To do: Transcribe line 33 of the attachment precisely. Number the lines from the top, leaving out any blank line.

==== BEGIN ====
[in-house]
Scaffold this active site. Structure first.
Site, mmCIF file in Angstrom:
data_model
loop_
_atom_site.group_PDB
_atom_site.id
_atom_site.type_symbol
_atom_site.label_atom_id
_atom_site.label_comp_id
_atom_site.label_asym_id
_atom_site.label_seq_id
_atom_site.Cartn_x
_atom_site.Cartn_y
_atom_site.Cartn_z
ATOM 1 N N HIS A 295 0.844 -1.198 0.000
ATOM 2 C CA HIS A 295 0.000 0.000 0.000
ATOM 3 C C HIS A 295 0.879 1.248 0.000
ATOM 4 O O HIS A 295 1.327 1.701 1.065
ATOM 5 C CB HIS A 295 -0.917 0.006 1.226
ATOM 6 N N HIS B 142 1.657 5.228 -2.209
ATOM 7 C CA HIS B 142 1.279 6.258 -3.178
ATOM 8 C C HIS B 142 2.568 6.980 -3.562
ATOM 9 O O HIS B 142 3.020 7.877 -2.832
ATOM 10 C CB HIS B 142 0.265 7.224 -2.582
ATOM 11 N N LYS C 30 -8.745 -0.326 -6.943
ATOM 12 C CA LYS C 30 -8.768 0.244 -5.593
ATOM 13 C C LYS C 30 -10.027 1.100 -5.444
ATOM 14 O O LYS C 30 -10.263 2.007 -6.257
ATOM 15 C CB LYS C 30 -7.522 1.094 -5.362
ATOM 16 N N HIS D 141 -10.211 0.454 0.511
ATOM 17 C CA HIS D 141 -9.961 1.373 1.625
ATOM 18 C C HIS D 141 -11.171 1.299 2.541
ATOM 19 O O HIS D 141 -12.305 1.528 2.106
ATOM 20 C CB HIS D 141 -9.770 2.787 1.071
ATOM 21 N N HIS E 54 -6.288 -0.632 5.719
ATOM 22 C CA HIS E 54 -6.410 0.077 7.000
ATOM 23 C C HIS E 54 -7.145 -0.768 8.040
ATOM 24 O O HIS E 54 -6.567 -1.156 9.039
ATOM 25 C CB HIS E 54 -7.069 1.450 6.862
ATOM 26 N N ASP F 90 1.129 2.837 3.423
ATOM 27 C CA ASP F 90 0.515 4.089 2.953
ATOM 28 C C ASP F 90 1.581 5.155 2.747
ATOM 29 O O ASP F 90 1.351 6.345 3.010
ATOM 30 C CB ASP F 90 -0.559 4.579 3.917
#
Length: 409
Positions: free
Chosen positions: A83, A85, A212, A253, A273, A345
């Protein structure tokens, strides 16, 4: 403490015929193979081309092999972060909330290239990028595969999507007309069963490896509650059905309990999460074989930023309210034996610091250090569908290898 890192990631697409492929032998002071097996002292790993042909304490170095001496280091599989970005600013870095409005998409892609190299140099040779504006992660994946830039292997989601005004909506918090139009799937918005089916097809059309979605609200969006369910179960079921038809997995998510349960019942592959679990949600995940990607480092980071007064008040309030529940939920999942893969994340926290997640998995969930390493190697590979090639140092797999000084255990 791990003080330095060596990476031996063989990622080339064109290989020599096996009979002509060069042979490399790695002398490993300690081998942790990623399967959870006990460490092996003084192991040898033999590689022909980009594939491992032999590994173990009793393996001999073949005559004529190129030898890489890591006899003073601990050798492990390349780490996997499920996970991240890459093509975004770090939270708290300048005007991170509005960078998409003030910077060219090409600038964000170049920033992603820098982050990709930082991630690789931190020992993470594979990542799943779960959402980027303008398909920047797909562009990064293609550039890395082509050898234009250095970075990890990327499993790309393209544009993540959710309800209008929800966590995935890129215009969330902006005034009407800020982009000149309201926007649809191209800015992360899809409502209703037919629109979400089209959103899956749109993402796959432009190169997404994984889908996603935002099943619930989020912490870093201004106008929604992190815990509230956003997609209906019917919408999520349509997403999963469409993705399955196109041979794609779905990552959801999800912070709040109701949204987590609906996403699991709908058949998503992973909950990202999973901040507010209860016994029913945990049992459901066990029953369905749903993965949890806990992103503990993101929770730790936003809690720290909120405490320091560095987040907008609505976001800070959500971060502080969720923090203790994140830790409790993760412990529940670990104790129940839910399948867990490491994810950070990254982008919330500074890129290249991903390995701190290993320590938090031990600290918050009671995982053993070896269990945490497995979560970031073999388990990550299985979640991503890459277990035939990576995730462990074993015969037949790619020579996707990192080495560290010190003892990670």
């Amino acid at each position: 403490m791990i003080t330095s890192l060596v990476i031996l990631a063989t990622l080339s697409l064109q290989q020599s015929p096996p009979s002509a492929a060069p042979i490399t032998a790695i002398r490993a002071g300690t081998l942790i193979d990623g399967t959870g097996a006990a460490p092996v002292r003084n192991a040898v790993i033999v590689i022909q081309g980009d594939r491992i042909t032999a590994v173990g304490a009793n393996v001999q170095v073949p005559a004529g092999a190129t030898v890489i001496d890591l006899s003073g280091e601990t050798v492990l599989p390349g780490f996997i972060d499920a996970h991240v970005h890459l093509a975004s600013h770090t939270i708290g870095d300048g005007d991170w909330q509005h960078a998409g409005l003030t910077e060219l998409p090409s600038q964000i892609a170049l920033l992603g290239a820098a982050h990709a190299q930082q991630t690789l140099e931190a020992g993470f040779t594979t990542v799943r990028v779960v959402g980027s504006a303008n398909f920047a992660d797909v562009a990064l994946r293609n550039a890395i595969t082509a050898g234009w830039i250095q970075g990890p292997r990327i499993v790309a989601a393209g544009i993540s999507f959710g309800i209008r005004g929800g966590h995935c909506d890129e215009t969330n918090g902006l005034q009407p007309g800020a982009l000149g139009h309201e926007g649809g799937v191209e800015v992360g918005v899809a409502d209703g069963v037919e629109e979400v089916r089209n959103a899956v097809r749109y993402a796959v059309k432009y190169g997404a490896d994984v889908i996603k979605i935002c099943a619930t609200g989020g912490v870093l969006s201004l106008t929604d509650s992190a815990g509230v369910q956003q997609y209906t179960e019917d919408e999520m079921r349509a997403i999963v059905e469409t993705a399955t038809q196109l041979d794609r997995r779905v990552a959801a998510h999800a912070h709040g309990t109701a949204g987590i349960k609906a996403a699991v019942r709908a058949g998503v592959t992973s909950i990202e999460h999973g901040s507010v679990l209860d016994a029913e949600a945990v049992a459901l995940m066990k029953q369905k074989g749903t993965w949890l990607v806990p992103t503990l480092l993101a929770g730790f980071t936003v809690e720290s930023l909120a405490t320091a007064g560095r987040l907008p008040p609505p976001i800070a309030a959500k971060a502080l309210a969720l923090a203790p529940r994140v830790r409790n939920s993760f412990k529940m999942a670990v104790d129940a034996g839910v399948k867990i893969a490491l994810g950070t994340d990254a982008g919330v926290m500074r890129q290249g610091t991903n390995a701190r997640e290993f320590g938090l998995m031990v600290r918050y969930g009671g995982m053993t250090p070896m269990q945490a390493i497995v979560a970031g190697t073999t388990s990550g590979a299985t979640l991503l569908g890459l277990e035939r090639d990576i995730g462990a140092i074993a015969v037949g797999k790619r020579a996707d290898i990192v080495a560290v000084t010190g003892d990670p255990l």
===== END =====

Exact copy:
ATOM 18 C C HIS D 141 -11.171 1.299 2.541